Demetrius of Anacopia

Demetrius (Georgian: დემეტრე, Demetre) (died 1042) was a Georgian prince of the Bagrationi royal dynasty, and a claimant to the throne of Georgia. He was the younger son of George I of Georgia by his second wife Alda, daughter of the king of Alania.

After the death of George I, some Georgian nobles wished to enthrone Demetrius instead of his half-brother Bagrat IV (r. 1027–1072), but to no avail. Alda and Demetrius lived in their fief at Anacopia, a fortified maritime town in Abkhazia, which had been bequeathed to them by the late king George I. The efforts by Bagrat's mother Mariam to win Demetrius's loyalty to the crown went in vain. Threatened by Bagrat, Alda defected to the Byzantines and surrendered Anacopia to the emperor Romanos III who honored her son Demetrius with the rank of magistros. This happened in 1033.[1]

In 1039, Demetrius returned to Georgia with Byzantine troops. Liparit IV, of the Liparitid clan, the most powerful noble in Georgia, supported the rebellious prince and launched initially a successful campaign against Bagrat's army.[2] However, Demetrius died unexpectedly in 1042. Alda, with Demetrius’s son David, fled to her native Alania. The 18th-century Georgian scholar Prince Vakhushti argues that David’s descendants flourished in Alania and produced a line of local princes of which came David Soslan, the second husband of Queen Tamar of Georgia (r. 1184–1213).[3] Demetrius may also have had a daughter, Irene (died 1108), the official mistress of the Byzantine emperor Constantine IX Monomachus in the mid-1050s and then the wife of sebastokrator Isaac Komnenos.[4]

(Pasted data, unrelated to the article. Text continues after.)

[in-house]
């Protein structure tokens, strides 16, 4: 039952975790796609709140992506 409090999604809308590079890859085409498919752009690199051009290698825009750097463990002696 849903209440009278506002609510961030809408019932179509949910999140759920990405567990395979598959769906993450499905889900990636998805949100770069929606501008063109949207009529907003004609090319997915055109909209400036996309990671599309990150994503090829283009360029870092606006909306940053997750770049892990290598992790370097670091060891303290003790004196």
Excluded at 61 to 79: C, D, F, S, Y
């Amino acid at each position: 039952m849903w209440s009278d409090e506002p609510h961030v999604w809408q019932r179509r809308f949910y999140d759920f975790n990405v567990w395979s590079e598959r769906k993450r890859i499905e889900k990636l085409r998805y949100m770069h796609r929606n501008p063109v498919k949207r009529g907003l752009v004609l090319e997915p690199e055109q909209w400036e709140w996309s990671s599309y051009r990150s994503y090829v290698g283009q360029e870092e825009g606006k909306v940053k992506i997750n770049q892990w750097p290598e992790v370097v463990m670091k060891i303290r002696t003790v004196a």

Anacopia, ceded by Alda and Demetrius to the emperor, would remain under the Byzantine sway until being recovered by Bagrat’s son and successor George II in 1074. This happened after the Battle of Manzikert (1071). Profiting by the defeat of the Byzantines at the hands of the Seljuqids, Georgia regained a number of key territories lost to the Empire in the course of the 11th century, including Anacopia as well as the fortresses located in the Thema of Iberia.[5]


  1. Alemany, Agusti (2000). Sources of the Alans: A Critical Compilation, p. 222. Brill Publishers, ISBN 90-04-11442-4.
  2. Robert Bedrosian, "Liparit IV Orbēlean", p. 586. In: Joseph Reese Strayer (1983), Dictionary of the Middle Ages. Scribner, ISBN 0-684-16760-3.
  3. Alemany, p. 321.
  4. Garland, Lynda. "Anna Dalassena, Mother of Alexius I Comnenus (1081-1118)". An Online Encyclopedia of Roman Rulers. Retrieved 11 June 2012.
  5. Mariam D. Lordkipanidze. "Concerning the History of Byzantine-Georgian Relations in the Seventies of the Eleventh Century", in: Actes du XVe congrès international d'études byzantines, Athènes, Septembre 1976, 1979: 192-4.
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